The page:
exposed to a disproportionately higher number of stressors
(Turner 2010). Indeed, even after adjusting for SES, African
Americans experience significantly more exposure to
chronic stressors and recent life events than whites (Turner
& Avison, 2003).
Chronic stressors are recognized as important factors
shaping the psychological well-being of African American
men (Griffith et al., 2013). For instance, among older
African American men, those reporting more chronic hassles and major life events were at increased risk for depressive symptoms (Weaver & Gary, 1994). Among young
adult African American men, those reporting greater
parent-young adult conflict experienced more depressive
symptoms (Kogan & Brody, 2010) and, among African
American fathers, greater parenting stress was linked to
more depressive symptoms (Baker, 2013). In a sample of
low-income, predominantly African American fathers,
those reporting more chronic stressors also reported higher
levels of depressive symptoms (Hoard & Anderson, 2004).
Although social stressors are recognized as significantly
contributing to African American men’s mental health
(Watkins, 2012), the independent contribution of various
sources of social stressors for the psychological well-being
of African American men is unclear.
Additionally, while there is some evidence demonstrating
that social stress partially mediates the association between
income and depression among African American women
(Schulz et al., 2006), little is known about the potential
mediating role of social stressors for the SES—mental health
relationship among African American men. This is particularly important given that low SES is linked to greater
stress exposure (Turner & Avison, 2003) and the disadvantaged socioeconomic position experienced by many African
American men. There is also a paucity of research evaluating
the potential stress-buffering effects of psychosocial coping
resources predicting depressive symptoms among African
American men, which will be discussed shortly.
Daily Discrimination
As a social stressor, discrimination is also linked to poor
mental health (Paradies, 2006). Although there is evidence
indicating African American men report greater discrimination than women, it is unclear whether this gender disparity
4
is due to differences in lived experiences or measurement
bias (see Ifatunji & Harnois, 2016). Nevertheless, daily
discrimination is important for the psychological health of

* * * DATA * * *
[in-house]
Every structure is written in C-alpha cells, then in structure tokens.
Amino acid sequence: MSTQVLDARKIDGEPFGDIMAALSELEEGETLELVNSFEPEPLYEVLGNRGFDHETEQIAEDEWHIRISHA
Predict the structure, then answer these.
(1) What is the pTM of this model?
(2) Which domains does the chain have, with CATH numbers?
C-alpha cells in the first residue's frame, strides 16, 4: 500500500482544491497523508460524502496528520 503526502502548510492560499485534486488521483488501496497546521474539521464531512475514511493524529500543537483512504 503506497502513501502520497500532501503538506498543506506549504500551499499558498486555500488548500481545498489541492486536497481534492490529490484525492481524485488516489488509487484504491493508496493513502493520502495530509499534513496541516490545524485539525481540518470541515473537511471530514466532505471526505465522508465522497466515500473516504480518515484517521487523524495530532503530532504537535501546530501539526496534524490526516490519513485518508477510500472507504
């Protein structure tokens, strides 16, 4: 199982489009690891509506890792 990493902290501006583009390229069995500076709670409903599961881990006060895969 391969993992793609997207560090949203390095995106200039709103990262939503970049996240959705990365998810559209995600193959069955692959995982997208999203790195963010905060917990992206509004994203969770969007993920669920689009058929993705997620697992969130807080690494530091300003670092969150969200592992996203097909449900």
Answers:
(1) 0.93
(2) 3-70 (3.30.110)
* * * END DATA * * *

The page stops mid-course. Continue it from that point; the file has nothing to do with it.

African Americans (Taylor & Turner, 2002) and African
American men experiencing more discrimination report
worse mental health (Hammond, 2012; Watkins et al.,
2011). Additionally, the mental health benefits associated
with higher SES may be mitigated by experiences of racial
discrimination among African American men (Hudson
et al., 2012). Although these findings underscore the mental health significance of discrimination, few studies have
assessed the independent contribution of discrimination for
mental health net of other sources of social stress (Taylor
& Turner, 2002), as well as the potential meditating effects
of discrimination in the SES—depressive symptom relationship or the stress-buffering effects of psychosocial coping
resources among African American men.
Perceived Social Support
Perceived social support refers to the feeling that one is loved,
valued, and esteemed, and able to count on others should
the need arise (Cobb, 1976). According to the SPM, perceived support serves as an important factor contributing
both directly to mental health and indirectly as a mediator in
the SES—depressive symptom relationship (Turner & Lloyd,
1999). Although African Americans report lower perceived
social support than non-Hispanic whites (Gayman et al.,
2014), social support is important for the mental health of
African American men (Kogan & Brody, 2010). For example, among low-income, predominantly African American
fathers, those perceiving more support report fewer depressive symptoms (Hoard & Anderson, 2004). Additionally,
although some research has shown that social support does
not mitigate the psychological harm stemming from financial
stress among African Americans (Lincoln, 2007), perceived
support has been shown to partially mediate the association
between income and depression among African American
women (Schulz et al., 2006). However, the independent contribution of perceived support for depressive symptoms and
its potential mediation effect on the SES—mental health relationship, among African American men remains unanswered.